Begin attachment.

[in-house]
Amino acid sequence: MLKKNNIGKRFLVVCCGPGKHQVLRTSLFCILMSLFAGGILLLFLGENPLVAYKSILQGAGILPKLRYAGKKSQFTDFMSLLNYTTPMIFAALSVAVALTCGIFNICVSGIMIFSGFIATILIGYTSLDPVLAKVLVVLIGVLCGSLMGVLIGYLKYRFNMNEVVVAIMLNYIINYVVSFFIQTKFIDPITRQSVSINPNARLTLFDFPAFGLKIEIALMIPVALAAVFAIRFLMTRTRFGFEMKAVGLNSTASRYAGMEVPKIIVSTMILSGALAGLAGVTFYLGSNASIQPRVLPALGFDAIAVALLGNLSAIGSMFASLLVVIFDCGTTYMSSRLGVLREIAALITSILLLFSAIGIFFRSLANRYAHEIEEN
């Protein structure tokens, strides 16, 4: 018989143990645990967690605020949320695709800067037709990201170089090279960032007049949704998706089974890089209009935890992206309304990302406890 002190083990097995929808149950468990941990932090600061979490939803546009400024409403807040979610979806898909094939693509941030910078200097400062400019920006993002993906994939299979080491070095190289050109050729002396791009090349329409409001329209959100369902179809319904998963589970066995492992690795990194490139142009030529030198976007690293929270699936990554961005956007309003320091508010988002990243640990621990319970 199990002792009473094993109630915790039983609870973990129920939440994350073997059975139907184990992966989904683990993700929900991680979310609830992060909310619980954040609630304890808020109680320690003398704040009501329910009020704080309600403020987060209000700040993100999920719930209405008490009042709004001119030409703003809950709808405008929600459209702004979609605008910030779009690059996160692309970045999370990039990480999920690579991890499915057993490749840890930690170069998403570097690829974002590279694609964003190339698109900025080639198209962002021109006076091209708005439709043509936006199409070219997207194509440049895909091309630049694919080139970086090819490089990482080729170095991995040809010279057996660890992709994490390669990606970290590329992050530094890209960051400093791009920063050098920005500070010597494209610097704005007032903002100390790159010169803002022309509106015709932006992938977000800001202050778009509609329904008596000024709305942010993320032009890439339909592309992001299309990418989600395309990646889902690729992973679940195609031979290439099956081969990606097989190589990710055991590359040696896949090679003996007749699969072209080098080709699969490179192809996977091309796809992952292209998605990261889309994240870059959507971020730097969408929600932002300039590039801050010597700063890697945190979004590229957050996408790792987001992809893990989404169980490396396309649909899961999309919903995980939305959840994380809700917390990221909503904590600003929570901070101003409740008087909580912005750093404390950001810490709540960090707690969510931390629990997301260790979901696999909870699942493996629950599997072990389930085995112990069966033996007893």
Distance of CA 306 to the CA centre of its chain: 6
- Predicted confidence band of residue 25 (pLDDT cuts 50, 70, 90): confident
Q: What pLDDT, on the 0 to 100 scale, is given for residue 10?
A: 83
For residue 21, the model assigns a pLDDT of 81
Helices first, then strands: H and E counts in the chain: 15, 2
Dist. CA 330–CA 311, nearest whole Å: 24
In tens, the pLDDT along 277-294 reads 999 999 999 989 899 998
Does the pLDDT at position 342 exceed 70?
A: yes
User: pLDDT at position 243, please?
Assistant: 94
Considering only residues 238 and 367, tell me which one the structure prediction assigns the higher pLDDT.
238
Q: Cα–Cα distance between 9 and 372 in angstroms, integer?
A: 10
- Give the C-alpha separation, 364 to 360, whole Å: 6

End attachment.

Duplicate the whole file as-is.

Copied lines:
[in-house]
Amino acid sequence: MLKKNNIGKRFLVVCCGPGKHQVLRTSLFCILMSLFAGGILLLFLGENPLVAYKSILQGAGILPKLRYAGKKSQFTDFMSLLNYTTPMIFAALSVAVALTCGIFNICVSGIMIFSGFIATILIGYTSLDPVLAKVLVVLIGVLCGSLMGVLIGYLKYRFNMNEVVVAIMLNYIINYVVSFFIQTKFIDPITRQSVSINPNARLTLFDFPAFGLKIEIALMIPVALAAVFAIRFLMTRTRFGFEMKAVGLNSTASRYAGMEVPKIIVSTMILSGALAGLAGVTFYLGSNASIQPRVLPALGFDAIAVALLGNLSAIGSMFASLLVVIFDCGTTYMSSRLGVLREIAALITSILLLFSAIGIFFRSLANRYAHEIEEN
């Protein structure tokens, strides 16, 4: 018989143990645990967690605020949320695709800067037709990201170089090279960032007049949704998706089974890089209009935890992206309304990302406890 002190083990097995929808149950468990941990932090600061979490939803546009400024409403807040979610979806898909094939693509941030910078200097400062400019920006993002993906994939299979080491070095190289050109050729002396791009090349329409409001329209959100369902179809319904998963589970066995492992690795990194490139142009030529030198976007690293929270699936990554961005956007309003320091508010988002990243640990621990319970 199990002792009473094993109630915790039983609870973990129920939440994350073997059975139907184990992966989904683990993700929900991680979310609830992060909310619980954040609630304890808020109680320690003398704040009501329910009020704080309600403020987060209000700040993100999920719930209405008490009042709004001119030409703003809950709808405008929600459209702004979609605008910030779009690059996160692309970045999370990039990480999920690579991890499915057993490749840890930690170069998403570097690829974002590279694609964003190339698109900025080639198209962002021109006076091209708005439709043509936006199409070219997207194509440049895909091309630049694919080139970086090819490089990482080729170095991995040809010279057996660890992709994490390669990606970290590329992050530094890209960051400093791009920063050098920005500070010597494209610097704005007032903002100390790159010169803002022309509106015709932006992938977000800001202050778009509609329904008596000024709305942010993320032009890439339909592309992001299309990418989600395309990646889902690729992973679940195609031979290439099956081969990606097989190589990710055991590359040696896949090679003996007749699969072209080098080709699969490179192809996977091309796809992952292209998605990261889309994240870059959507971020730097969408929600932002300039590039801050010597700063890697945190979004590229957050996408790792987001992809893990989404169980490396396309649909899961999309919903995980939305959840994380809700917390990221909503904590600003929570901070101003409740008087909580912005750093404390950001810490709540960090707690969510931390629990997301260790979901696999909870699942493996629950599997072990389930085995112990069966033996007893």
Distance of CA 306 to the CA centre of its chain: 6
- Predicted confidence band of residue 25 (pLDDT cuts 50, 70, 90): confident
Q: What pLDDT, on the 0 to 100 scale, is given for residue 10?
A: 83
For residue 21, the model assigns a pLDDT of 81
Helices first, then strands: H and E counts in the chain: 15, 2
Dist. CA 330–CA 311, nearest whole Å: 24
In tens, the pLDDT along 277-294 reads 999 999 999 989 899 998
Does the pLDDT at position 342 exceed 70?
A: yes
User: pLDDT at position 243, please?
Assistant: 94
Considering only residues 238 and 367, tell me which one the structure prediction assigns the higher pLDDT.
238
Q: Cα–Cα distance between 9 and 372 in angstroms, integer?
A: 10
- Give the C-alpha separation, 364 to 360, whole Å: 6